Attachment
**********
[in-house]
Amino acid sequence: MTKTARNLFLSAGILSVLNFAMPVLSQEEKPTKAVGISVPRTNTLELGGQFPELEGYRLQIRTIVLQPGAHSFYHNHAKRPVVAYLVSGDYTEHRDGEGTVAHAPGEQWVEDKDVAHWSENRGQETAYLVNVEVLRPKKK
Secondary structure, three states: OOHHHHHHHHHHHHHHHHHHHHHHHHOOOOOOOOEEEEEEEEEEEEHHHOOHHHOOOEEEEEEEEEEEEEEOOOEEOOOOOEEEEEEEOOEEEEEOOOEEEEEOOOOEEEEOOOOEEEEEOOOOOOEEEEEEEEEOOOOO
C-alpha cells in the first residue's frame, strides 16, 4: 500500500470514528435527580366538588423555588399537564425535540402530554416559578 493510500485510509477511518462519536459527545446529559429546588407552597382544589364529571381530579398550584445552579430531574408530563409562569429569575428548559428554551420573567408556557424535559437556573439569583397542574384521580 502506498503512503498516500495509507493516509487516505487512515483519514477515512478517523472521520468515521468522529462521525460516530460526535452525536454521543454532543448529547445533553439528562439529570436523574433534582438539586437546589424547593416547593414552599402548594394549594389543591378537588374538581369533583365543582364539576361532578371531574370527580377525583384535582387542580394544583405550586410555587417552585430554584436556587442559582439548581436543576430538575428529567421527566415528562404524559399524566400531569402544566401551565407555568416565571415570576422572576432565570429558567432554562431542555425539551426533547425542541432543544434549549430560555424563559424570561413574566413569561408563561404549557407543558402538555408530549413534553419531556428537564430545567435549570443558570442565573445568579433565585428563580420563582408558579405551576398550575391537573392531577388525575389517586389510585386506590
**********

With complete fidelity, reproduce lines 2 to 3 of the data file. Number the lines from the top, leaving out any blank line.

Amino acid sequence: MTKTARNLFLSAGILSVLNFAMPVLSQEEKPTKAVGISVPRTNTLELGGQFPELEGYRLQIRTIVLQPGAHSFYHNHAKRPVVAYLVSGDYTEHRDGEGTVAHAPGEQWVEDKDVAHWSENRGQETAYLVNVEVLRPKKK
Secondary structure, three states: OOHHHHHHHHHHHHHHHHHHHHHHHHOOOOOOOOEEEEEEEEEEEEHHHOOHHHOOOEEEEEEEEEEEEEEOOOEEOOOOOEEEEEEEOOEEEEEOOOEEEEEOOOOEEEEOOOOEEEEEOOOOOOEEEEEEEEEOOOOO